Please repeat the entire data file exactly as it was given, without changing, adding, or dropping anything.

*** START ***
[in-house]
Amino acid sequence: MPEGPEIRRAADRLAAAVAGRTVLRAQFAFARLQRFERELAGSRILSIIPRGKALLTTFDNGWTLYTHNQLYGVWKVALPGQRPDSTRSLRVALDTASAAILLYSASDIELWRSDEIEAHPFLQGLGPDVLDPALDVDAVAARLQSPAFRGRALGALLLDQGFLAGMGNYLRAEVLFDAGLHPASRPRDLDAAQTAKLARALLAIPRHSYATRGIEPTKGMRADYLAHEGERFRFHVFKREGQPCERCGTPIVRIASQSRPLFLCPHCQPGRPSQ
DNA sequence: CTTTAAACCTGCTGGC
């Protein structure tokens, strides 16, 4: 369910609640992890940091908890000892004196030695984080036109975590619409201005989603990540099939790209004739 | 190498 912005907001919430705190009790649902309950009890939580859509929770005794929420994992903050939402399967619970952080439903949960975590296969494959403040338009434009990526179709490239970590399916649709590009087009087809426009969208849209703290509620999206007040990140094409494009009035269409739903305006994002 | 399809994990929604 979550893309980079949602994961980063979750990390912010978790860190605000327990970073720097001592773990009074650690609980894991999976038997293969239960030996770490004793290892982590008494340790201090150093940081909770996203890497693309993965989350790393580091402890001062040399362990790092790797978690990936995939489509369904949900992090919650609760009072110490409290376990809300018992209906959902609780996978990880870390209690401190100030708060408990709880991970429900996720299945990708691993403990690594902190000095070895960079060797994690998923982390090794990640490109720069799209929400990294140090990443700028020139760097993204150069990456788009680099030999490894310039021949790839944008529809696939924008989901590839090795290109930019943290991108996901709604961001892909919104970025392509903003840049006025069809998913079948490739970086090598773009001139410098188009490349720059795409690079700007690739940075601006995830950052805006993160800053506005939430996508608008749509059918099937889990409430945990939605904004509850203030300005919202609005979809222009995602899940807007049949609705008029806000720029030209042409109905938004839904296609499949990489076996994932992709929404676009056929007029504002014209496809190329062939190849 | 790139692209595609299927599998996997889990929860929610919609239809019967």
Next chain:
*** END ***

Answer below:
[in-house]
Amino acid sequence: MPEGPEIRRAADRLAAAVAGRTVLRAQFAFARLQRFERELAGSRILSIIPRGKALLTTFDNGWTLYTHNQLYGVWKVALPGQRPDSTRSLRVALDTASAAILLYSASDIELWRSDEIEAHPFLQGLGPDVLDPALDVDAVAARLQSPAFRGRALGALLLDQGFLAGMGNYLRAEVLFDAGLHPASRPRDLDAAQTAKLARALLAIPRHSYATRGIEPTKGMRADYLAHEGERFRFHVFKREGQPCERCGTPIVRIASQSRPLFLCPHCQPGRPSQ
DNA sequence: CTTTAAACCTGCTGGC
């Protein structure tokens, strides 16, 4: 369910609640992890940091908890000892004196030695984080036109975590619409201005989603990540099939790209004739 | 190498 912005907001919430705190009790649902309950009890939580859509929770005794929420994992903050939402399967619970952080439903949960975590296969494959403040338009434009990526179709490239970590399916649709590009087009087809426009969208849209703290509620999206007040990140094409494009009035269409739903305006994002 | 399809994990929604 979550893309980079949602994961980063979750990390912010978790860190605000327990970073720097001592773990009074650690609980894991999976038997293969239960030996770490004793290892982590008494340790201090150093940081909770996203890497693309993965989350790393580091402890001062040399362990790092790797978690990936995939489509369904949900992090919650609760009072110490409290376990809300018992209906959902609780996978990880870390209690401190100030708060408990709880991970429900996720299945990708691993403990690594902190000095070895960079060797994690998923982390090794990640490109720069799209929400990294140090990443700028020139760097993204150069990456788009680099030999490894310039021949790839944008529809696939924008989901590839090795290109930019943290991108996901709604961001892909919104970025392509903003840049006025069809998913079948490739970086090598773009001139410098188009490349720059795409690079700007690739940075601006995830950052805006993160800053506005939430996508608008749509059918099937889990409430945990939605904004509850203030300005919202609005979809222009995602899940807007049949609705008029806000720029030209042409109905938004839904296609499949990489076996994932992709929404676009056929007029504002014209496809190329062939190849 | 790139692209595609299927599998996997889990929860929610919609239809019967």
Next chain: